“It is a completely independent process and I do not know precisely when she will bring that report forward.”
The report is expected to be published this week.
People ‘may have lost jobs needlessly over mandatory vax rules’ says care body chief
The chairwoman of the National Care Association has said she is “frustrated” people may have lost their jobs “needlessly” as the Government reportedly considers a U-turn on requiring staff to be vaccinated.
Nadra Ahmed told BBC Breakfast around 40,000 social care staff had left their roles causing a “devastating” impact over Government-enforced rules to be jabbed.
Ministers are said to be thinking of axing a rule which would require NHS staff to be fully vaccinated by April. The rule is already in force for social care.
Ms Ahmed said: “I think we’re really happy for our NHS colleagues if this is what’s going to happen because it’s an unnecessary burden, and persuasion will bring us to the same outcome.”
The Omicron variant of coronavirus being “less severe” than the Delta variant means there is “space” to “look… again” at the requirement for NHS workers to be fully vaccinated, said Simon Clarke, chief secretary to the Treasury on Sky News.
Sunak clear frontrunner if Boris Johnson ousted, says new poll
Rishi Sunak is the clear frontrunner to succeed Boris Johnson if he is ousted by Tory MPs over the Partygate affair, an exclusive poll for the Standard reveals today.
According to the Ipsos MORI survey for The Standard, 32 per cent of the public think the Chancellor has what it takes to be a good Prime Minister – a jump of four points since the last poll in November.
This is nearly 10 points more than Mr Johnson whose satisfaction ratings with the general public have slumped to a record low over ‘Partygate’.
It also puts the Chancellor level with Labour leader Sir Keir Starmer who is on 31 per cent and has been enjoying a bounce in the polls.
Government ‘will U-turn’ on mandatory Covid jabs for NHS staff
The Government is expected to U-turn on mandatory Covid vaccinations for NHS and social care staff, according to reports.
Sajid Javid has been facing pressure to scrap the requirement for health workers in England to be vaccinated by April over fears of a staff exodus.
The Health Secretary is set to meet ministers on the Covid-Operations Cabinet committee on Monday to confirm the U-turn, according to The Daily Telegraph.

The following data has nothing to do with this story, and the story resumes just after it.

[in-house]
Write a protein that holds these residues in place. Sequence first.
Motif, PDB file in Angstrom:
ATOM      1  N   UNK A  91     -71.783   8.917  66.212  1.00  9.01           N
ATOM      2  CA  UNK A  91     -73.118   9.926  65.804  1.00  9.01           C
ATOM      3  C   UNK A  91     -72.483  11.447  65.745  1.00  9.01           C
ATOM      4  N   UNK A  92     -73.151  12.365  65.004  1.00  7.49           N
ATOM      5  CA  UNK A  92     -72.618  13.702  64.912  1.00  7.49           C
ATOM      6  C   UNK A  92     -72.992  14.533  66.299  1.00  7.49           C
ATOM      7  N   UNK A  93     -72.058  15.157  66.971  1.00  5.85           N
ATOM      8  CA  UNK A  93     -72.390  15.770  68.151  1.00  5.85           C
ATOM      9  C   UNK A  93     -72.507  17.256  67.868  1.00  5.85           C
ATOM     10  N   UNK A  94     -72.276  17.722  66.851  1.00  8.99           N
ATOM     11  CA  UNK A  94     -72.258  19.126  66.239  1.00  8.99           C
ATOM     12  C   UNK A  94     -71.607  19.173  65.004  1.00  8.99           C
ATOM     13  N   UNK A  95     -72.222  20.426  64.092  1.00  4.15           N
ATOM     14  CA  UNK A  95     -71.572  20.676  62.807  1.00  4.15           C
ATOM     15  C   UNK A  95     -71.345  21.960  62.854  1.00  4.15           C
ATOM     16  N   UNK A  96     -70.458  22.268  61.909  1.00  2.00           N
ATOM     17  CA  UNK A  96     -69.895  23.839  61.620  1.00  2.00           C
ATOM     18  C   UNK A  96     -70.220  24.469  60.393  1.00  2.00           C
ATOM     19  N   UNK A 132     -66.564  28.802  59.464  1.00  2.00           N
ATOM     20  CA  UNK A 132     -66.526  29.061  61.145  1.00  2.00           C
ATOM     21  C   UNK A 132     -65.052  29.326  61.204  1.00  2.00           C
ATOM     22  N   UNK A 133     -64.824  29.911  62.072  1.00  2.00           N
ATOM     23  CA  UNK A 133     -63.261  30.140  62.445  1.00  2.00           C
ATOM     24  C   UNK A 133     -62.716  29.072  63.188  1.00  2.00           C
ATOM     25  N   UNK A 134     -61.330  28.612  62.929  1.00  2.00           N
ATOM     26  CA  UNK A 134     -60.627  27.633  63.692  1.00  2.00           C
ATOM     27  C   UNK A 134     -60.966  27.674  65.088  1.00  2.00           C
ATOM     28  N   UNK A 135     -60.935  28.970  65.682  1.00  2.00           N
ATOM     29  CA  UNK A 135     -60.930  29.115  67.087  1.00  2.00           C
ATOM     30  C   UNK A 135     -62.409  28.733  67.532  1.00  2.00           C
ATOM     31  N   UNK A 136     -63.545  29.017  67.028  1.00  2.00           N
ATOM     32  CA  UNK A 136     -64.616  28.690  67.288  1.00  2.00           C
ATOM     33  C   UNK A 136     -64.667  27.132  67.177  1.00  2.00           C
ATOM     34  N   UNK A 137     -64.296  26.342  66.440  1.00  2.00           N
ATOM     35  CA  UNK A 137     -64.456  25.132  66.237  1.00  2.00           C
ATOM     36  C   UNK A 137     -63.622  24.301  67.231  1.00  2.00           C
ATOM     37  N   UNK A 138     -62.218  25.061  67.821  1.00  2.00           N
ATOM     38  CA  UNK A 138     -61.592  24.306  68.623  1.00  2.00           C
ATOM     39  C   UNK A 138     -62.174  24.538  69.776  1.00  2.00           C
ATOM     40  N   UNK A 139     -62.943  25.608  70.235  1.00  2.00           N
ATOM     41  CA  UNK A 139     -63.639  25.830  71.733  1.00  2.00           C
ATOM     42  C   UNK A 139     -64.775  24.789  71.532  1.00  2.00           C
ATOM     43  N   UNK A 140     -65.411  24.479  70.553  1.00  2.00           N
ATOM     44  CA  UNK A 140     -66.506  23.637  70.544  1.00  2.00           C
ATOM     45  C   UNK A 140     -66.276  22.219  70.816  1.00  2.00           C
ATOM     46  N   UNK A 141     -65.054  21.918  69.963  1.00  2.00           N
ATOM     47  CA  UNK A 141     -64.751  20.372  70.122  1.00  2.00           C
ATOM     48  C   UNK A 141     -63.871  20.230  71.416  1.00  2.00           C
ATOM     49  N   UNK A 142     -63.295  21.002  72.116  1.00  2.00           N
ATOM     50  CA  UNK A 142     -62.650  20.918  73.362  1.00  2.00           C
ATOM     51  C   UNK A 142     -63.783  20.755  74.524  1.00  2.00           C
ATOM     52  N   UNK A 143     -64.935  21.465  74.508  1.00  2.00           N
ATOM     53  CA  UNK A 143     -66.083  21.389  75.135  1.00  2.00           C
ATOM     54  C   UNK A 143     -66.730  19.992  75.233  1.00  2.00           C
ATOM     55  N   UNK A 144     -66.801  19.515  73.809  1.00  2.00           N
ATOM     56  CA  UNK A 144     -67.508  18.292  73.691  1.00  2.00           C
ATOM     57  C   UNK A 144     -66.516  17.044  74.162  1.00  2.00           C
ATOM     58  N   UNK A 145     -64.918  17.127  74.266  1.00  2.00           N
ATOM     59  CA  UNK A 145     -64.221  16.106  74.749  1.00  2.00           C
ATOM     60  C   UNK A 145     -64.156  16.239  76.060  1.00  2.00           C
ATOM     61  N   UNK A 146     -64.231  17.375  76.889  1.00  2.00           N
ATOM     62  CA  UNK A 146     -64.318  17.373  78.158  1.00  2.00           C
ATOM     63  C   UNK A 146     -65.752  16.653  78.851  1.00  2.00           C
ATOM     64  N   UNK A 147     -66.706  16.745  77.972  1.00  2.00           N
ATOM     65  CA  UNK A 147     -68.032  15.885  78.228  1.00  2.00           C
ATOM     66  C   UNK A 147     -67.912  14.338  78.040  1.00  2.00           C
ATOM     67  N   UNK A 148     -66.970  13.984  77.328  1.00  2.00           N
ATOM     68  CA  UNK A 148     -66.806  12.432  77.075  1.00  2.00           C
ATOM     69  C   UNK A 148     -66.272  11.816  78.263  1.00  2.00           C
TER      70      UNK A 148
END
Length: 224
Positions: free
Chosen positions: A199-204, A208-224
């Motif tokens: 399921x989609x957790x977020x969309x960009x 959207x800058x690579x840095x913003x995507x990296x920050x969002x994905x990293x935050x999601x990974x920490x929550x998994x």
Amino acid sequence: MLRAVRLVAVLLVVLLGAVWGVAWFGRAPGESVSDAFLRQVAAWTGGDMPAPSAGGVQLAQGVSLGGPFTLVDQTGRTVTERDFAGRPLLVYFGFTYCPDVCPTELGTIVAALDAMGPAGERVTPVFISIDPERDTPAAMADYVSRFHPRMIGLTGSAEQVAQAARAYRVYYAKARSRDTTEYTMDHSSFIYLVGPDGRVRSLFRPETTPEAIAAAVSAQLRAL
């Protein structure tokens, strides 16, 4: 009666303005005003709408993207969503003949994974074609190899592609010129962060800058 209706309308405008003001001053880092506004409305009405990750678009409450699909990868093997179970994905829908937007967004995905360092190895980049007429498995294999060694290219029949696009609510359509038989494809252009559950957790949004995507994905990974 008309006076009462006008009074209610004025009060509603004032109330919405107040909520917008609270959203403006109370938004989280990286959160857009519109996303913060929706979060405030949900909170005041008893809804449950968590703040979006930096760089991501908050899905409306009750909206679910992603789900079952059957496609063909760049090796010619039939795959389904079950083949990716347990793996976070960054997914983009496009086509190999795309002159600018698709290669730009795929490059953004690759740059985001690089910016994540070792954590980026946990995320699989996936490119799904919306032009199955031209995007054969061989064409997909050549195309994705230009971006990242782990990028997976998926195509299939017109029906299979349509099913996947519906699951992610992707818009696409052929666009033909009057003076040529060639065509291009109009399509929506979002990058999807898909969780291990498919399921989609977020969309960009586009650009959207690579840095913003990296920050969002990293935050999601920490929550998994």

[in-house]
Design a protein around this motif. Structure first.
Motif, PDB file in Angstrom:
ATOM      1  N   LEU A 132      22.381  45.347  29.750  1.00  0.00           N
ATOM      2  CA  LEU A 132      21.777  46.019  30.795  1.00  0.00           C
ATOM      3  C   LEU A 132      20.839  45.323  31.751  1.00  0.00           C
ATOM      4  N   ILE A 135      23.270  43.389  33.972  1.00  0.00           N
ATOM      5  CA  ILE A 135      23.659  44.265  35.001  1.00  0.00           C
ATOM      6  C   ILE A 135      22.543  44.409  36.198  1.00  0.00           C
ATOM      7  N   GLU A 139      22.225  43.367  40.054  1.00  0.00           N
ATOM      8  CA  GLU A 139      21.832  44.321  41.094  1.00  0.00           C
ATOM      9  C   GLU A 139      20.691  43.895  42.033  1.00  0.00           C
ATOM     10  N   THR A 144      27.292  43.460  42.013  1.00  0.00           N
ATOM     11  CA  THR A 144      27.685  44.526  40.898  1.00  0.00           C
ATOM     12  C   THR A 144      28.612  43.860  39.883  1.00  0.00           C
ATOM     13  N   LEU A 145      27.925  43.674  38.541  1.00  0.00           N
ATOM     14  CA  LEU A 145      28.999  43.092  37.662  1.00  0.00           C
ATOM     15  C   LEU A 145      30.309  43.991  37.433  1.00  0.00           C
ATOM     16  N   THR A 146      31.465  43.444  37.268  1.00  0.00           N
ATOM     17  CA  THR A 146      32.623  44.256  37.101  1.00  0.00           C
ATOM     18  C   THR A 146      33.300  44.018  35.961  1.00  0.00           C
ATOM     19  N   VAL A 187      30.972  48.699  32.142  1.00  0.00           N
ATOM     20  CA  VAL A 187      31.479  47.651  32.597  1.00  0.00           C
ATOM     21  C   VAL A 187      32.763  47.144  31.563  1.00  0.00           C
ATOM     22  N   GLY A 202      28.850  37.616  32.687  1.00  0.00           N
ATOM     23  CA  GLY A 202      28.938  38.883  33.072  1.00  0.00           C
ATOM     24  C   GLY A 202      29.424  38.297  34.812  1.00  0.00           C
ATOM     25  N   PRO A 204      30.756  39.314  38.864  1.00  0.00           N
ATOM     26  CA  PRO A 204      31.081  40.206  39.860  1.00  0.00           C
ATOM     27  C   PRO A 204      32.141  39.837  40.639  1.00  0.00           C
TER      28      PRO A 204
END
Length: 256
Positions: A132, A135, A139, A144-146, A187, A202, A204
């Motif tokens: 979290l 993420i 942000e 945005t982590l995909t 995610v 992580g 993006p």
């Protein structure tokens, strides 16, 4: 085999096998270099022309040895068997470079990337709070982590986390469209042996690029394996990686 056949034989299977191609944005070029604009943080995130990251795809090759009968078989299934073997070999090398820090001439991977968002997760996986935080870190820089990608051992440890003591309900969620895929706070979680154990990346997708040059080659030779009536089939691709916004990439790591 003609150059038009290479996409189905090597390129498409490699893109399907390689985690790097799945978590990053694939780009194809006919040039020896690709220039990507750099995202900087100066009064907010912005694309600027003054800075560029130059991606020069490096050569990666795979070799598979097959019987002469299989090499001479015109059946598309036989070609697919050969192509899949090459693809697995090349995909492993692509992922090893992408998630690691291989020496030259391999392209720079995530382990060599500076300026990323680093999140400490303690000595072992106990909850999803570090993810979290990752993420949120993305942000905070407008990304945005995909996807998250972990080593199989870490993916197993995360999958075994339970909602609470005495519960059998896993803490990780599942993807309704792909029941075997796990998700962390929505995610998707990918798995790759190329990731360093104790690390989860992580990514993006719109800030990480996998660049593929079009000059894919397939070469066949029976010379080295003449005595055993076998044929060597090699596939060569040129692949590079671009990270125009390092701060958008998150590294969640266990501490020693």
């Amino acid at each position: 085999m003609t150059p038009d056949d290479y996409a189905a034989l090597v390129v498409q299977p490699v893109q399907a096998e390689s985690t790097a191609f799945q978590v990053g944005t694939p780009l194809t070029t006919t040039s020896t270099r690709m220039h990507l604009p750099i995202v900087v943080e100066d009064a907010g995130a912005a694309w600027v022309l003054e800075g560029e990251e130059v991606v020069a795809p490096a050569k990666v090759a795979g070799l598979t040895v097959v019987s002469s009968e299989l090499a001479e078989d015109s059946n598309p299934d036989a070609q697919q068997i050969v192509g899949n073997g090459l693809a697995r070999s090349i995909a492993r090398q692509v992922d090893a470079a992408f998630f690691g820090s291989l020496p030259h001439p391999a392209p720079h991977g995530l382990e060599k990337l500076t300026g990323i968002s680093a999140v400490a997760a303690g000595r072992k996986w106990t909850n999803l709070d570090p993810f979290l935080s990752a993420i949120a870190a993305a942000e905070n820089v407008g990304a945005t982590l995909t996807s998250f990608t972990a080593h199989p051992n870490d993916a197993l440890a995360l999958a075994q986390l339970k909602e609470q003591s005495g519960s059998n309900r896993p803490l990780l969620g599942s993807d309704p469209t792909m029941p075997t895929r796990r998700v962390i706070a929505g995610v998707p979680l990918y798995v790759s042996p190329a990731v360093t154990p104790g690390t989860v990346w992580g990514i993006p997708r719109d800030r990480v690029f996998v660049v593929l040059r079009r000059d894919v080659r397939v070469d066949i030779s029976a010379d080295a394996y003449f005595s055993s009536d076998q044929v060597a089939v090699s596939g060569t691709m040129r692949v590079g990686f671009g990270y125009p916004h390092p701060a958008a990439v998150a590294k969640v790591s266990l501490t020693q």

Both the Royal College of GPs and the Royal College of Nursing urged for the deadline to be put back over staffing fears.
Patricia Marquis, RCN director of England, said: “If these reports are correct, this climbdown by government is long overdue.”
Care home residents reunited with loved ones
Limits on visits to care homes have been lifted today, reuniting residents with their loved ones.
From Monday, care home residents in England will be able to have unlimited visits from family and friends.
The Government had announced a planned end to the care home visitor restrictions in November, but introduced a limit of three named visitors plus an essential caregiver when Omicron hit.
However, individual homes will continue to be able to set their own visiting policies and homes with current outbreaks will not be able to lift restrictions immediately.
Top stories this morning
Good morning, and welcome to the Evening Standard’s live coverage of all the top politics stories throughout the day.
Some of the top politics stories this morning are:
– Boris Johnson has pledged a £1bn cut of red tape for businesses in a ‘Brexit Freedoms Bill’
– Ministers confirmed Sunday that a proposed £12bn tax hike in National Insurance will go ahead from April
– Downing St has still not reportedly received the Sue Gray report into Partygate which is expected this week
– The PM’s former adviser Dominic Cummings has said it is his “unpleasant but necessary job” to remove Boris Johnson from office, like “fixing the drains”.